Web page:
Without honey bees the world would be a very different place. There would be no honey, no beeswax, and—worst of all—barely a fruit, nut, or vegetable to eat. You can imagine beekeeper Dave Hackenburg’s horror, then, when he recently discovered twenty million of his buzzing charges had vanished without a trace. Those missing bees became the first reported casualties of a mysterious scourge that continues to plague honey bee populations today.
In The Hive Detectives Loree Griffin Burns profiles bee wranglers and bee scientists across the country who have been working to understand colony collapse disorder, or CCD: The Hackenburgs, who move their three thousand beehives from coast to coast in order to pollinate crops; Mary Duane, who raises bees and bottles blue ribbon honey; Dennis van Engelsdorp, Jeffrey Pettis, Diana Cox-Foster, and Maryann Frazier, who study bees from every possible angle in an attempt to discover what is killing them.
In this dramatic and enlightening chronicle of a modern honey bee catastrophe, readers explore the lives of the fuzzy, buzzing insects we ought to love … and join the human quest to save them.
- Houghton Mifflin Company, 2010
- 80 pages
- Ages 12 and up
- SB&F Prize for Excellence in Science Books
- National Science Teachers Association (NSTA) Recommended book
- Notable Children’s Book in English Language Arts (NCTE)
- American Library Association (ALA) Notable Book for Children
- The John Burroughs List of Nature Books for Young Readers
- Junior Library Guild Selection
- 2010 Children’s and YA Bloggers’ Literary Award Finalist
- Young Hoosier Book Award Nominee
- 2012 Flicker Tale Children’s Book Award Nominee
Kirkus Reviews, April 1, 2010, Starred Review
Not long after beekeepers encountered a devastating new problem in their hives in 2006, a team of bee scientists began working to discover the causes of colony collapse disorder (CCD), now attributed to a combination of factors possibly including pesticides, nutrition, mites and viruses. Unusually for a “Scientists in the Field” book, the focus here is as much on the scientific question as the individual scientists. The central section describing the investigations of four members of the CCD working group is framed by chapters introducing a hobbyist beekeeper’s mechanics and methods and explaining the work of the commercial beekeeper who first discovered the problem. Mock notebook pages break up the narrative with biographies of the individual scientists, information about who and what can be found inside the hive and the features of bee bodies. An appendix adds varied fascinating facts about bees—again using the format of an illustrated research journal. Harasimowicz’s clear, beautifully reproduced photographs support and extend the text. Readers may be left wanting more but will be well served by this example of a scientific mystery still unsolved.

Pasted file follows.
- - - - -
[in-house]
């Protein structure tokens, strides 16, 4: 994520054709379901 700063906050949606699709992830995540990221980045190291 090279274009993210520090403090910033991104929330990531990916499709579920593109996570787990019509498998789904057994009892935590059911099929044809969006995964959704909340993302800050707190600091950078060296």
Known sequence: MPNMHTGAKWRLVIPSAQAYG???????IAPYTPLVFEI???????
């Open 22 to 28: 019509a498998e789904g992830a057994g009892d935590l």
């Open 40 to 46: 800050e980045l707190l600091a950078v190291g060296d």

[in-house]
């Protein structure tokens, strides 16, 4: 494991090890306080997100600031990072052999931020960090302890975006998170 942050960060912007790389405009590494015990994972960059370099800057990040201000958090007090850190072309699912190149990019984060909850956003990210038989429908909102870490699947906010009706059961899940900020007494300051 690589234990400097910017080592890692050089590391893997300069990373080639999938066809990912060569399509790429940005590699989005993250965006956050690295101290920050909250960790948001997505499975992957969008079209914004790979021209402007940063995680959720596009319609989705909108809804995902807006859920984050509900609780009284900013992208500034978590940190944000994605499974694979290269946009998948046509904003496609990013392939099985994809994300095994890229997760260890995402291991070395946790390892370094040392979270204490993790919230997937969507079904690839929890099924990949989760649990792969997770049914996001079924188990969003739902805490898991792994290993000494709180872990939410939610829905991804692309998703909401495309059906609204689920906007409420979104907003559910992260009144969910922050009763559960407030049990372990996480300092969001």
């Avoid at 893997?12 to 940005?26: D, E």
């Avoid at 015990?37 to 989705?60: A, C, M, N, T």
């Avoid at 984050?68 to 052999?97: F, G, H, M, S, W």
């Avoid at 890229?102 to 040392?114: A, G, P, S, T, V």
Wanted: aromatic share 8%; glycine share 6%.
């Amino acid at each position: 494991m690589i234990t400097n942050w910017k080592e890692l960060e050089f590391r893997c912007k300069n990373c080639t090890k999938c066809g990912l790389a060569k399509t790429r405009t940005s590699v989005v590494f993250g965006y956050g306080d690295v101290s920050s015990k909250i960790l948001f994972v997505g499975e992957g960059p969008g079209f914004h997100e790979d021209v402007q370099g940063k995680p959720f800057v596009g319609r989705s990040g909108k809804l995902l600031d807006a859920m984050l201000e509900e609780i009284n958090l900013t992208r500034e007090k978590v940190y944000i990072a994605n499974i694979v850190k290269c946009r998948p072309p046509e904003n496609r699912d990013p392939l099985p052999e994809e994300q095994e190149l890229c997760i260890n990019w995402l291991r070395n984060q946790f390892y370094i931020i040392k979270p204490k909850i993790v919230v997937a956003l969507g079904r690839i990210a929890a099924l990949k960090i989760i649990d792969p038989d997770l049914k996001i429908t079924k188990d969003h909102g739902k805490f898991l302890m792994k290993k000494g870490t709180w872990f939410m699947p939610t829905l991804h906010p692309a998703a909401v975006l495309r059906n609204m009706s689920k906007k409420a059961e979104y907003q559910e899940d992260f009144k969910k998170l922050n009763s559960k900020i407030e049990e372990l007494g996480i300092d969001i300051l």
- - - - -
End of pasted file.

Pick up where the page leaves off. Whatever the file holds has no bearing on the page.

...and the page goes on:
Booklist, May 1, 2010, Starred Review
The author of Tracking Trash (2007), Burns now spotlights a “dream team” of scientists as they work to determine what is threatening bee colonies and (by extension) agriculture, which depends on bees for pollination. After following hobbyist beekeeper Mary Duane as she inspects her hives, the discussion turns to a commercial beekeeper who reported in 2006 that 20 million bees had vanished in a mysterious and deadly phenomenon now known as colony collapse disorder (CCD). Fully illustrated with excellent color photos, the clearly written text introduces four scientists and follows them from the field to their labs as they investigate possible causes of CCD: pesticides, viruses, bacteria, and pests such as mites. The book demonstrates the urgent need for answers, the challenges of the scientists’ ongoing research projects, and the importance of investigating a variety of possibilities. In the final pages, beekeeper Duane harvests honey from her healthy bees’ hives. Throughout the presentation, readers learn about the anatomy, development, and social behavior of honey bees, and observe the process of scientific investigation and its vital, real-world application. Appended are lists of recommended books, magazines, films, Web sites as well as a glossary and a source bibliography. A fascinating book from the Scientists in the Field series.— Carolyn Phelan
The Horn Book, March/April 2010